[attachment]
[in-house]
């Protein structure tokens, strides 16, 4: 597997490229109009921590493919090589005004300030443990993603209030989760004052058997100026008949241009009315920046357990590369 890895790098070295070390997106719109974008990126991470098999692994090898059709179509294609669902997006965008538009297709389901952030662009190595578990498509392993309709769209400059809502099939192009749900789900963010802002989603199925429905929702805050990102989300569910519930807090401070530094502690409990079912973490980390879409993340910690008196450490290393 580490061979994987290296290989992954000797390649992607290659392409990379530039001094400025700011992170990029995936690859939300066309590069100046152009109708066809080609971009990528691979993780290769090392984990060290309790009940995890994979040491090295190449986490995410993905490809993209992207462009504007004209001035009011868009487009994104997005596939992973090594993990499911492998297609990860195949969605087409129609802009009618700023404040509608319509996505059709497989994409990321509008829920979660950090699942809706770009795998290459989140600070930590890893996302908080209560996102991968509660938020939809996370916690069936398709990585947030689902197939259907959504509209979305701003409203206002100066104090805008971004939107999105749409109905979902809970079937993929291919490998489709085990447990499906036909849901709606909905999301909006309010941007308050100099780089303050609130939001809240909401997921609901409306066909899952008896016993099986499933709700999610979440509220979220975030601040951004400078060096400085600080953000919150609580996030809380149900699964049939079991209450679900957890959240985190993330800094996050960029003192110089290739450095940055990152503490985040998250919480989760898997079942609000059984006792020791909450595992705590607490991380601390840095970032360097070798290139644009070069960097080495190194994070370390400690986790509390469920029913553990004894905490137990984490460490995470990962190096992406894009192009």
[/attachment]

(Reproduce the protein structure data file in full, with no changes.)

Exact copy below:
[in-house]
């Protein structure tokens, strides 16, 4: 597997490229109009921590493919090589005004300030443990993603209030989760004052058997100026008949241009009315920046357990590369 890895790098070295070390997106719109974008990126991470098999692994090898059709179509294609669902997006965008538009297709389901952030662009190595578990498509392993309709769209400059809502099939192009749900789900963010802002989603199925429905929702805050990102989300569910519930807090401070530094502690409990079912973490980390879409993340910690008196450490290393 580490061979994987290296290989992954000797390649992607290659392409990379530039001094400025700011992170990029995936690859939300066309590069100046152009109708066809080609971009990528691979993780290769090392984990060290309790009940995890994979040491090295190449986490995410993905490809993209992207462009504007004209001035009011868009487009994104997005596939992973090594993990499911492998297609990860195949969605087409129609802009009618700023404040509608319509996505059709497989994409990321509008829920979660950090699942809706770009795998290459989140600070930590890893996302908080209560996102991968509660938020939809996370916690069936398709990585947030689902197939259907959504509209979305701003409203206002100066104090805008971004939107999105749409109905979902809970079937993929291919490998489709085990447990499906036909849901709606909905999301909006309010941007308050100099780089303050609130939001809240909401997921609901409306066909899952008896016993099986499933709700999610979440509220979220975030601040951004400078060096400085600080953000919150609580996030809380149900699964049939079991209450679900957890959240985190993330800094996050960029003192110089290739450095940055990152503490985040998250919480989760898997079942609000059984006792020791909450595992705590607490991380601390840095970032360097070798290139644009070069960097080495190194994070370390400690986790509390469920029913553990004894905490137990984490460490995470990962190096992406894009192009």